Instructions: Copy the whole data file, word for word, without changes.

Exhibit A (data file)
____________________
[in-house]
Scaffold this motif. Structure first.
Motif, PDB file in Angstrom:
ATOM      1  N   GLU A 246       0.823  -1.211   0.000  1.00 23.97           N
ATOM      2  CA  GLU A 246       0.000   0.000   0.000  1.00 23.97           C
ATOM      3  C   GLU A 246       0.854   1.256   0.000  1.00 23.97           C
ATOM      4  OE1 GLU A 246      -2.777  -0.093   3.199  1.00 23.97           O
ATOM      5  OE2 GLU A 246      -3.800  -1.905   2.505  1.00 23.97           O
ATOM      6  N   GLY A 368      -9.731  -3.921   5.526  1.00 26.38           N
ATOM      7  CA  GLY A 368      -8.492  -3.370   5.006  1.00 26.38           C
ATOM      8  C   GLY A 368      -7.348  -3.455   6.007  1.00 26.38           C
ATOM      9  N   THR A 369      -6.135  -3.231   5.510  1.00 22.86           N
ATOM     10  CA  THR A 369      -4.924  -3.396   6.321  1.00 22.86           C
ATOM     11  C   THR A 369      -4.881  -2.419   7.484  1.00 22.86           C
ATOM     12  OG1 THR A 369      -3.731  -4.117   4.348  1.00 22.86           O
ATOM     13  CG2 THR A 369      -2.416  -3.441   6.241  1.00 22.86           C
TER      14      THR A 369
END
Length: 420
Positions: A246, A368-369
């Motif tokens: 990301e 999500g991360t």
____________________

[in-house]
Scaffold this motif. Structure first.
Motif, PDB file in Angstrom:
ATOM      1  N   GLU A 246       0.823  -1.211   0.000  1.00 23.97           N
ATOM      2  CA  GLU A 246       0.000   0.000   0.000  1.00 23.97           C
ATOM      3  C   GLU A 246       0.854   1.256   0.000  1.00 23.97           C
ATOM      4  OE1 GLU A 246      -2.777  -0.093   3.199  1.00 23.97           O
ATOM      5  OE2 GLU A 246      -3.800  -1.905   2.505  1.00 23.97           O
ATOM      6  N   GLY A 368      -9.731  -3.921   5.526  1.00 26.38           N
ATOM      7  CA  GLY A 368      -8.492  -3.370   5.006  1.00 26.38           C
ATOM      8  C   GLY A 368      -7.348  -3.455   6.007  1.00 26.38           C
ATOM      9  N   THR A 369      -6.135  -3.231   5.510  1.00 22.86           N
ATOM     10  CA  THR A 369      -4.924  -3.396   6.321  1.00 22.86           C
ATOM     11  C   THR A 369      -4.881  -2.419   7.484  1.00 22.86           C
ATOM     12  OG1 THR A 369      -3.731  -4.117   4.348  1.00 22.86           O
ATOM     13  CG2 THR A 369      -2.416  -3.441   6.241  1.00 22.86           C
TER      14      THR A 369
END
Length: 420
Positions: A246, A368-369
């Motif tokens: 990301e 999500g991360t």